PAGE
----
Macro Tail Risk: A Targeted Equity Protection Solution
PGIM Wadhwani highlights the main attributes of the Macro Tail Risk strategy, a liquid alternative solution.
Rick Romano, Head of Global Real Estate Securities at PGIM Real Estate, shares his outlook on why the current market environment is ideal for public real estate securities and how investors can take advantage of the significant dislocation between private and public real estate markets.
There are four key trends driving opportunity within real estate that either grew out of the pandemic or were accelerated by it—namely reflation, rising rates, reopening, and recalibration. Shorter term, real estate around the world is recovering in a reflationary environment that is forcing central banks to raise interest rates. Also, the reopening play still exists in certain parts of the world, such as the reopening of borders in Asia. Longer term, real estate is recalibrating to how the world is changing, with technology pulling forward trends that have been gaining traction for some time. These include the digital transformation of our personal and work lives, the need for affordable housing, an aging population across much of the world, and sustainability concerns.
Historically, real estate investment trusts (REITs) have outperformed stocks significantly during periods of elevated inflation. Lease structures allow landlords to directly pass along CPI-type increases to tenants. At the same time, inflation increases construction costs, which deters new projects by making them less profitable. This keeps supply low, driving up the value of existing properties.
A rising rate environment can benefit real estate markets, as the focus on risk premium for these assets shifts toward their higher income potential. Managers learned important lessons from the global financial crisis, so REITs today have stronger balance sheets and should be minimally impacted by rising rates. REIT managers took advantage of the lower rate environment in recent years by refinancing into longer-term, fixed-rate debt. The combination of sharply higher net operating income and dramatically lower interest expenses now reduces leverage ratios and enables decent dividend growth.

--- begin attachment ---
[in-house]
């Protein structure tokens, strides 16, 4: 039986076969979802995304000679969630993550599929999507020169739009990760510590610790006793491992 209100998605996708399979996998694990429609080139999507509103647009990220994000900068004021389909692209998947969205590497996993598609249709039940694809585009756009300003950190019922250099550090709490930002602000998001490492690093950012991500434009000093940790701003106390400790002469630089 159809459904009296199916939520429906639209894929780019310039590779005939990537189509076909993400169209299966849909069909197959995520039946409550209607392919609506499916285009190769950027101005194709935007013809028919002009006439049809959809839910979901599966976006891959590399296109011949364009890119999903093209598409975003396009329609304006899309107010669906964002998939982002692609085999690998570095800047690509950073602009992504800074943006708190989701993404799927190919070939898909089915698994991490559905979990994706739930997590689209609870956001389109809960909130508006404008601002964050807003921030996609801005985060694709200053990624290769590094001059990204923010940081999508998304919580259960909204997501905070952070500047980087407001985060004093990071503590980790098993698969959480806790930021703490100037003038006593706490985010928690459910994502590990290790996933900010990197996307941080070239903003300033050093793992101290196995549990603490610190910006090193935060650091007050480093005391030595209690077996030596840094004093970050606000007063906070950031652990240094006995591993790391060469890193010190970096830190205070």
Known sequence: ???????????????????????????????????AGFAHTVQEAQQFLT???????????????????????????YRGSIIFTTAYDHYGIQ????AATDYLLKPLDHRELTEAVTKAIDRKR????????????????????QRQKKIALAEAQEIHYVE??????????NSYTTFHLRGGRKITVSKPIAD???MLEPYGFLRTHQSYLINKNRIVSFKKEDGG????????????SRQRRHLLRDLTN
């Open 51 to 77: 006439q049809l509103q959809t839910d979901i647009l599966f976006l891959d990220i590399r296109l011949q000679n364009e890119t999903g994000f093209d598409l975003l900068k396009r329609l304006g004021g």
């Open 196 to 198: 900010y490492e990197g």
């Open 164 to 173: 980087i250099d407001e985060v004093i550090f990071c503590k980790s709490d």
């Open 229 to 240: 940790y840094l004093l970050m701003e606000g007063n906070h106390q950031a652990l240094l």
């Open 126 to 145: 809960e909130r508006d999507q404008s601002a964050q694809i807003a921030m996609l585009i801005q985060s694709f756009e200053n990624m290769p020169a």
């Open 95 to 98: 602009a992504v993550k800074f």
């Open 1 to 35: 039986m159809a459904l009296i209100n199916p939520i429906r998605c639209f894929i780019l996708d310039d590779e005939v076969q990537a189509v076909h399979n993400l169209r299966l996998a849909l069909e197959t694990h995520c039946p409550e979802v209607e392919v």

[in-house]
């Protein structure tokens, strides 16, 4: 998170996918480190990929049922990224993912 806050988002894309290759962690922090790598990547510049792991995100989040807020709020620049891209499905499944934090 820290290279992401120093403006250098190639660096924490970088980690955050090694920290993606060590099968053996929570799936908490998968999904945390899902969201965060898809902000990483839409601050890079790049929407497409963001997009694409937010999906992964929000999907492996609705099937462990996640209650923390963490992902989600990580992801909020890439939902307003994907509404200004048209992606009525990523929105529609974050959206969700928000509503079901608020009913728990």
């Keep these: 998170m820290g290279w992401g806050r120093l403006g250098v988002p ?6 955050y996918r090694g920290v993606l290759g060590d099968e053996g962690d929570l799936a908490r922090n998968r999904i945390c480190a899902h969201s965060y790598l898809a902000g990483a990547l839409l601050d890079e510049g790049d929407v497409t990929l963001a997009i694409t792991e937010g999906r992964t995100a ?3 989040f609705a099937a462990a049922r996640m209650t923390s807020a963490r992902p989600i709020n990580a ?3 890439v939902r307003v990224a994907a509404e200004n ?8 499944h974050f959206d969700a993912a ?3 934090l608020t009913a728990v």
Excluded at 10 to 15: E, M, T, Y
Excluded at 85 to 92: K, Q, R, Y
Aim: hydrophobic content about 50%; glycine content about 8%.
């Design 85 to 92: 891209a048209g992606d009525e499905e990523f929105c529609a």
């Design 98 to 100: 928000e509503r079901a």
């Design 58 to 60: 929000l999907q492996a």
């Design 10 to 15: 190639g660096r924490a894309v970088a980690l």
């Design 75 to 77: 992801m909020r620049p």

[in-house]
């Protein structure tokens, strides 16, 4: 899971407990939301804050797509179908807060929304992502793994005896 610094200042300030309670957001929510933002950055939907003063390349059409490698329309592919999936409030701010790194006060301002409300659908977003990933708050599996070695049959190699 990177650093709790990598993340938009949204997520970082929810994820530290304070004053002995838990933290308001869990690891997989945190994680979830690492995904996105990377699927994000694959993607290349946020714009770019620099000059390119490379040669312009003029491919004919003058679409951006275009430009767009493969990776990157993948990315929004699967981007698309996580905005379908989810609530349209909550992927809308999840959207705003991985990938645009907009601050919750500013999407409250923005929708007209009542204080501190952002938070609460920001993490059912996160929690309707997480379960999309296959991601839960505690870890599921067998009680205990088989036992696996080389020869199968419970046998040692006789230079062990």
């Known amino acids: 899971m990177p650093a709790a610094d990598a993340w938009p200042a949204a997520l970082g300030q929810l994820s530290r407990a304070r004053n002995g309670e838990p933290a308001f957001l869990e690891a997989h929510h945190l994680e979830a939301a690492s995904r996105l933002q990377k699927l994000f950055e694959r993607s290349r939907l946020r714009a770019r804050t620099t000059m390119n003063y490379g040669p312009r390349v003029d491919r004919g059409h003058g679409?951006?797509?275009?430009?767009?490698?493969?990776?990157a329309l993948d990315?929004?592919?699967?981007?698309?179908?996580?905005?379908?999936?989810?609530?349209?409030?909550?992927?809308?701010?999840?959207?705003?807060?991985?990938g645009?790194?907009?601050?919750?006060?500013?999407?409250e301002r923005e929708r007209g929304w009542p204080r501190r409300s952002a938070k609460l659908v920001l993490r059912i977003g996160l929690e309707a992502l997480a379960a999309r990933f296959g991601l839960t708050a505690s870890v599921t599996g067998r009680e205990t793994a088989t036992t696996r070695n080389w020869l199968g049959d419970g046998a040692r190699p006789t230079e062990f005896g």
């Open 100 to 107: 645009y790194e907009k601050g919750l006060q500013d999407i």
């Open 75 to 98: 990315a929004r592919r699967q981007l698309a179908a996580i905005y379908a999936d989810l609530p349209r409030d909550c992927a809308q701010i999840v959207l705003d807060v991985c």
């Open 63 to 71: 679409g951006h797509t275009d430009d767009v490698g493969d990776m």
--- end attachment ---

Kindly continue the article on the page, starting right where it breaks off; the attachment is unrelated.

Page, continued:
Dividend stability and dividend growth are two key factors to consider for REITs as interest rates rise. Current income from REITs (3.9%) sits just above bonds (3.7%) and well above stocks (1.7%). But unlike bonds, the long-term dividend growth rate for REITs has averaged about 8%. It currently stands at roughly 21%, which is well above the inflation rate and S&P 500 earnings growth expectations for 2022 and 2023 (approximately 8-10%). This positions today’s investors with attractive yields from REITs that have above-average dividend growth and built-in protection against both inflation and rising rates.
Allocating to both public and private real estate can help create a well-diversified real estate portfolio. Public REITs offer exposure to property types that benefit from secular growth tailwinds, compared with the harder-to-access private markets, which tend to be more cyclical. We currently see public REITs trading at a substantial discount to private funds, because REITs have already taken their medicine and probably overshot to the downside, offering investors a compelling opportunity to buy at wholesale prices. Private real estate has not yet corrected as much in terms of valuation write-downs.